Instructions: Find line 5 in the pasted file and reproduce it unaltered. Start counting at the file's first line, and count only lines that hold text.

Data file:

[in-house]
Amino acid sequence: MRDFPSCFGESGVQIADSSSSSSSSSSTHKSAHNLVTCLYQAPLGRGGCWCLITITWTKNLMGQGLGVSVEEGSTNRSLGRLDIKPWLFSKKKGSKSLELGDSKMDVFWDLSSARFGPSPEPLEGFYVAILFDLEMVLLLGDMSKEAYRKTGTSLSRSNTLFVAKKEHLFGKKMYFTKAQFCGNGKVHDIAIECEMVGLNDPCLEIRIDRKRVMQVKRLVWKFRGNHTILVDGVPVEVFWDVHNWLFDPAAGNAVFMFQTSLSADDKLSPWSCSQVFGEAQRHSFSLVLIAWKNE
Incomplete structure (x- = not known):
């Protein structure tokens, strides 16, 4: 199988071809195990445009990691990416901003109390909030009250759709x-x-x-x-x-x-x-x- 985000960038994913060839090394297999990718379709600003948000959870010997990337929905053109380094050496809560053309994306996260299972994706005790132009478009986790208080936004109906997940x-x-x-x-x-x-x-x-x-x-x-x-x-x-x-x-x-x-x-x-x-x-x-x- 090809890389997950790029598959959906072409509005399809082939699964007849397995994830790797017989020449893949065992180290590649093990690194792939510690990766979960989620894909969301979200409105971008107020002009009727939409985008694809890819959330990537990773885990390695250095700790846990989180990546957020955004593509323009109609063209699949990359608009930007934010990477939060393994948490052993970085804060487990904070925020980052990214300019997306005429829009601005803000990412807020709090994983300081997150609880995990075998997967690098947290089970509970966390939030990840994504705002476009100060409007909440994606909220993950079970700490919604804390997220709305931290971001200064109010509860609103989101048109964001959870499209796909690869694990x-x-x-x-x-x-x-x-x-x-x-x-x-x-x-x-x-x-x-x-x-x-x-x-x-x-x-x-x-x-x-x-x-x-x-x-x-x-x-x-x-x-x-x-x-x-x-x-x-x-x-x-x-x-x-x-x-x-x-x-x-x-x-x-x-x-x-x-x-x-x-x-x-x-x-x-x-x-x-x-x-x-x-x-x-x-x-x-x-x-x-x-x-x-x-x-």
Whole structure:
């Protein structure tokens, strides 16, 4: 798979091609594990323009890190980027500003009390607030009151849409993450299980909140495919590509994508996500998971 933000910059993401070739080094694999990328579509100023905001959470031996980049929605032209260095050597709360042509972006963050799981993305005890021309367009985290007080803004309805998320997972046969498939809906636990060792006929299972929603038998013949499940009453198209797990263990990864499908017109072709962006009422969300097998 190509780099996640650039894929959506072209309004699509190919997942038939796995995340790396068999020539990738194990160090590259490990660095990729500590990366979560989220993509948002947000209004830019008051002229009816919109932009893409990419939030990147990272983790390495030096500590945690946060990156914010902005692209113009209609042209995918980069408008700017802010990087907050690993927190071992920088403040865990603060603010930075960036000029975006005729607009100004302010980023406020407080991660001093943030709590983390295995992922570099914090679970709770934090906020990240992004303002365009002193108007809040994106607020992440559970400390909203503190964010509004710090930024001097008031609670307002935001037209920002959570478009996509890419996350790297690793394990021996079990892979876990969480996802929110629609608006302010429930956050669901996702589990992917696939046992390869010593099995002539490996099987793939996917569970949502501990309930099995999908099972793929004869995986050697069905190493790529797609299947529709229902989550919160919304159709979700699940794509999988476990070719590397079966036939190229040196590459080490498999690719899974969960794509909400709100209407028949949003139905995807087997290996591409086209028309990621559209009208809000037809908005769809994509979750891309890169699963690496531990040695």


Whole structure: